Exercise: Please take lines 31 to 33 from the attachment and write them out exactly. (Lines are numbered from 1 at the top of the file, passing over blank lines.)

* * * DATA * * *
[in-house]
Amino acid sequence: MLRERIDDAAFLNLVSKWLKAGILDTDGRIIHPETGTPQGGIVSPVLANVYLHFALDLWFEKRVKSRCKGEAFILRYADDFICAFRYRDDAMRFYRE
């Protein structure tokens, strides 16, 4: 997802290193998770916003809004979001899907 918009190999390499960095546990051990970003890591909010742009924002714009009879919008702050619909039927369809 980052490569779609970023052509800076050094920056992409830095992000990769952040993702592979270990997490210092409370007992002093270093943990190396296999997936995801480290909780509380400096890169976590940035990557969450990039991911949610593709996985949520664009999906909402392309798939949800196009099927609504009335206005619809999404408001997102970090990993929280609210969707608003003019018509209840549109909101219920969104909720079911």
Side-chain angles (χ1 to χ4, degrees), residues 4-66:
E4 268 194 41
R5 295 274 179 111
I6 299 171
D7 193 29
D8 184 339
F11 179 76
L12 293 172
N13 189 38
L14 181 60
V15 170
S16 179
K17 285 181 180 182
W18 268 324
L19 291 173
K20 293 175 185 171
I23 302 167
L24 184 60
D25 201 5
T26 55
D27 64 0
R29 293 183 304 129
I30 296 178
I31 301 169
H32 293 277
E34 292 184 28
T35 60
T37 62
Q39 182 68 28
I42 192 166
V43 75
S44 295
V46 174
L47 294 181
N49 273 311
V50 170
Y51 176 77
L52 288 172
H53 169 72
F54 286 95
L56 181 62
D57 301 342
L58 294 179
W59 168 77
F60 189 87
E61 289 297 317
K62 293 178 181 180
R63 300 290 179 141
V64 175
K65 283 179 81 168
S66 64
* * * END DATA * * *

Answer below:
T37 62
Q39 182 68 28
I42 192 166